Are Japanese patterns easy to understand for someone who doesn't know Japanese? I've read that they have charts and very few text instructions. Even if one cannot read Japanese or if there are no charts, one can still use these books as inspiration just by looking at the beautiful garments and trims. Though, I believe that if one has a decent knowledge of crochet, then the items could be easily replicated just by looking at them.

What are other people's thoughts on Japanese books? Do you feel that they are better than the drab books that we get here in the USA (or wherever other people are from)? Are the books worth the money? I think it might just be the US books that are boring. I've read another poster's comment on here that Russian and German pattern books have good crochet lace patterns. There are barely any of those here, and crochet is great for lace.  Roll Eyes
5  CROCHET / Crochet: Discussion and Questions / Fingerless Woman Crochets and Knits for Charity on: February 04, 2011 12:11:30 AM
Fingerless woman crochets and knits for charity.

I saw this on my local news two nights ago. It is a touching story and the woman is very inspiring.
6  CLOTHING / Clothing: Discussion and Questions / How To Get Those Wrinkles Near Topstitching? on: January 11, 2011 01:27:52 AM
How are the wrinkles near the topstitching on some ready-to-made clothing made? Is it an effect of washing the garment after construction and having the fabric shrink? It'd be neat to get a similar effect at home.

Here's an example of what I mean:


The fabric ripples near the topstitching, whether it's a single or double line of stitching.
7  KNITTING / Knitting: Discussion and Questions / Superwash wool as warm as regular wool? on: December 26, 2010 10:38:52 PM
I'm curious to know how warm superwash wool is compared to regular wool. I guess it would be less warm since the fiber has part of the scales removed. I'd like to use superwash wool as ribbing for a sewn jacket as it would have to be washing-compatible with the rest of the garment. It doesn't get very cold here in Georgia, USA, I'm told, but I easily get cold. In the fall some months ago, I saw people wearing t-shirts while I had on a jacket!
8  KNITTING / Knitting: Discussion and Questions / Arthur the Aardvark Knits! on: December 18, 2010 11:25:45 PM
Arthur Unravels

This is from the current season fourteen of the show. This is such a cute episode. It's relatable to any male who knits. I wish I had the stuff to knit in public.
9  SEWING IN GENERAL / Sewing in General: Discussion and Questions / what serger stitch to use for attaching jeans pocket to pants? on: February 01, 2010 11:39:23 PM
Take a look at the inside of the pockets of some of your jeans. I need help deciding which serger stitch to use to attach the jeans pocket (usually white fabric) to the denim fabric that's under the waistband. I have seen some jeans where the denim fabric is straight stitched onto the pocket bag, but others use some sort of loopy stitch that I'm not sure can be reproduced by a home serger, but I'd like to use something close to it.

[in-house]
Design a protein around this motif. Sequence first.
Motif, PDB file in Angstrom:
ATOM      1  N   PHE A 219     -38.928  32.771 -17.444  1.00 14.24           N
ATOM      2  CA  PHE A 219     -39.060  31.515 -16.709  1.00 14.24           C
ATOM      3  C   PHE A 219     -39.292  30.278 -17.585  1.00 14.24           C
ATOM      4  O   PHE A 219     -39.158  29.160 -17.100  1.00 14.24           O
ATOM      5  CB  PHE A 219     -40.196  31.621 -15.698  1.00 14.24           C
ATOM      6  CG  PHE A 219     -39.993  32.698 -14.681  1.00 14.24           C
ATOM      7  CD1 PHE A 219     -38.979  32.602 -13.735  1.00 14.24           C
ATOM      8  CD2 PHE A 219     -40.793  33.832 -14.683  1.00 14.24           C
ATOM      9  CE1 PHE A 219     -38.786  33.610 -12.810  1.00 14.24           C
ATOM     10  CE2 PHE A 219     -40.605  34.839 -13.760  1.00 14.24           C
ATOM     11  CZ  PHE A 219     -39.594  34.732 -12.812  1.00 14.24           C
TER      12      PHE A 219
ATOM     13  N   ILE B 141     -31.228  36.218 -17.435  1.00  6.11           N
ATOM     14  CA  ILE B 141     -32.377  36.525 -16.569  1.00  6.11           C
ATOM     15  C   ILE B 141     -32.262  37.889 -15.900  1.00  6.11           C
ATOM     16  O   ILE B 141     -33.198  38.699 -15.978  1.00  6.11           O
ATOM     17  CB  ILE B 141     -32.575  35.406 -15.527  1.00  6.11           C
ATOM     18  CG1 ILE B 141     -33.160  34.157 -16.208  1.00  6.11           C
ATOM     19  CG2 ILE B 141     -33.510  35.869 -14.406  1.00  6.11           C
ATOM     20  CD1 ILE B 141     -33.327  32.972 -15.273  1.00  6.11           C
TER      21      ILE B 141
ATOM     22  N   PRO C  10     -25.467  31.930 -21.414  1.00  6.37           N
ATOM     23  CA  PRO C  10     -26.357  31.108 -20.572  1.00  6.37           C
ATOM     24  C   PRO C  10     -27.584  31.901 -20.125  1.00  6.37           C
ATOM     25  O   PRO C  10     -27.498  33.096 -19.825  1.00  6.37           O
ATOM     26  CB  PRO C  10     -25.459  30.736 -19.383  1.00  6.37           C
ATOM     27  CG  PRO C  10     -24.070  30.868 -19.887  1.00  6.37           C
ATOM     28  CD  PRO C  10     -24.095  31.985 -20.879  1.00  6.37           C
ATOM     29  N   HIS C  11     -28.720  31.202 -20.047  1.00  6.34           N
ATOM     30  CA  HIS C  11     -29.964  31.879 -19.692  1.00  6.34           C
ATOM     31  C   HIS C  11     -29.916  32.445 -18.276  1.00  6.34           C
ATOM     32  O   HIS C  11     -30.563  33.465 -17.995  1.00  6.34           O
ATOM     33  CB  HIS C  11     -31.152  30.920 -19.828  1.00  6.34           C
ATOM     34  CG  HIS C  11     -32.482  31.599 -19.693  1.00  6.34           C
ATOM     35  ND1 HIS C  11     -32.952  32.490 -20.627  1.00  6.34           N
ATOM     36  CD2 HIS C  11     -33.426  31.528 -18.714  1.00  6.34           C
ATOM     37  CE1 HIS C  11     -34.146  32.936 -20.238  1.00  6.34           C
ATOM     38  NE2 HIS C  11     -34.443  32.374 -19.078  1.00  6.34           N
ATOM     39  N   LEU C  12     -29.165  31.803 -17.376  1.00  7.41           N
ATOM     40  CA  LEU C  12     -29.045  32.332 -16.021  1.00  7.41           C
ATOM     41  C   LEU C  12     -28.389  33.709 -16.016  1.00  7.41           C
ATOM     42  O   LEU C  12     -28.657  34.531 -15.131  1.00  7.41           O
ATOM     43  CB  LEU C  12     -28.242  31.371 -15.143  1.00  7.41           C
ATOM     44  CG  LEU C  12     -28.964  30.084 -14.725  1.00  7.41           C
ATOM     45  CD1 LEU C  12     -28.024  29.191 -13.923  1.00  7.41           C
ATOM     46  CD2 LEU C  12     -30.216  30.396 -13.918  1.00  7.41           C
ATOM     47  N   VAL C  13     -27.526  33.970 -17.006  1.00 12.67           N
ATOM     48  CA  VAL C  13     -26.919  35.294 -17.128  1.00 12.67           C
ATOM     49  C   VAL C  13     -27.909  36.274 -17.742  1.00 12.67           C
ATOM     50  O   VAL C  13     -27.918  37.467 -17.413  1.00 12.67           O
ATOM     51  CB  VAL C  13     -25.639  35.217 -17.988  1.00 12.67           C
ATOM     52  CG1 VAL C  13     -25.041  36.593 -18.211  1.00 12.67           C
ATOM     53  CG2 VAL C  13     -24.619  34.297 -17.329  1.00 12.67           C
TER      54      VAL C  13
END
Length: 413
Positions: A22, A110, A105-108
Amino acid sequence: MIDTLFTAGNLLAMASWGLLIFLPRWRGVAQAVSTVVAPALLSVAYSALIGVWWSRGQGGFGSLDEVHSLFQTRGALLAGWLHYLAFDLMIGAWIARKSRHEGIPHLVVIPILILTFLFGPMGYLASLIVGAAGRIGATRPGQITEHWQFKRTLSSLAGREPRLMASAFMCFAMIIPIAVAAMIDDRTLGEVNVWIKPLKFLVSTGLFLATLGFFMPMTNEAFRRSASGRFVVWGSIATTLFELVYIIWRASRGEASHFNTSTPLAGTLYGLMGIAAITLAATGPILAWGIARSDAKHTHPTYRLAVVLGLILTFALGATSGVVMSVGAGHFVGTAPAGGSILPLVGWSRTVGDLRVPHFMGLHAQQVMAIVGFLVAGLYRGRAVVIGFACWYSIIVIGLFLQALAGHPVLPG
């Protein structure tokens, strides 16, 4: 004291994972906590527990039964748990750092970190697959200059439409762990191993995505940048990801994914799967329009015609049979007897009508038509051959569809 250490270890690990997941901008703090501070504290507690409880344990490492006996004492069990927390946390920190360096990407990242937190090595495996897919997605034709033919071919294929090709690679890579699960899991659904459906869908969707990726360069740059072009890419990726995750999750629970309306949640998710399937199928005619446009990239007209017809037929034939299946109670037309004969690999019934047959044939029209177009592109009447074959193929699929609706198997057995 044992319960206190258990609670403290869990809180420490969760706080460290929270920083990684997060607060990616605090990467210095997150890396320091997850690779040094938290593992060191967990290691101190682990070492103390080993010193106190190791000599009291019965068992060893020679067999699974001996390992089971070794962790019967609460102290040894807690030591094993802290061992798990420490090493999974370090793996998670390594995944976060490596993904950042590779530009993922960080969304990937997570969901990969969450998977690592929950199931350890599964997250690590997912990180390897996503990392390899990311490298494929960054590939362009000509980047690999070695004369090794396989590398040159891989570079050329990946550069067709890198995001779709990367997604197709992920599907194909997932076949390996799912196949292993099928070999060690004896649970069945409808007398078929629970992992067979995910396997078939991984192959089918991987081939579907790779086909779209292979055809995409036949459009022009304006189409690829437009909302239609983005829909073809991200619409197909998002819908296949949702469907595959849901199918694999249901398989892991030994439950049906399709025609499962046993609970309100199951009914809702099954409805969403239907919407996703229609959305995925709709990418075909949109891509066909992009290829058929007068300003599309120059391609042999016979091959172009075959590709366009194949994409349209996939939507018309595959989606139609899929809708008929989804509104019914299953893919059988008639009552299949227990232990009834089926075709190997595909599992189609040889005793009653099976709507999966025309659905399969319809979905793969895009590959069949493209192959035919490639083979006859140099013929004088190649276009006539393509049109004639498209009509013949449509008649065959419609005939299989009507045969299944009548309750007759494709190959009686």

The denim fabric is stitched directly on top of the pocket fabric with right sides facing up, no seaming like normal. Here is a video of factory-made jeans, and you can see what I mean at 2:02. On the wrong side, I have seen some pockets that have two parallel rows of chain stitches, and some pockets with the wrong side of a coverstitch (two rows of chain-like stitches with a zig-zag inbetween them).

I have a 5-thread serger. Any ideas would help!
10  KNITTING / Knitting: Discussion and Questions / Need help looking for 100% mohair yarn on: January 08, 2010 10:49:33 AM
I'm an annoying purist, so yarn blends really bother me for some reason. Does anyone know of good, superfine to fine 100% mohair yarn that is available in many colors? I'm looking to work up a striped sweater vest with black as one of the colors, and I'd make many vests with different colors for the second color.

I think there's a misconception of 100% mohair yarn being too fragile, so it is often blended with other fibers for strength. I found this blog entry about pure mohair yarn where the person said that the yarn that she used was very durable. Included in the entry is a link to a brand of pure mohair yarn. Unfortunately, it doesn't come in many colors.

I found this yarn. It seems good, but it's not available in black. Also, it's labeled as "boucle", of which I'm a bit wary. When I think of "boucle", I think of that crazy, thick yarn that would look horrid knitted throughtout an entire piece. But isn't all mohair (be it pure or blended) boucle anyways? The ones I've seen in stores aren't labeled as boucle, but they do look the part. I guess I don't notice since mohair is often thin, so its boucle characteristic isn't as ugly as its thick counterpart.

Another yarn that I found.There's also this, but it's so thick and doesn't come in a variety of colors. What an ugly word, "slubby".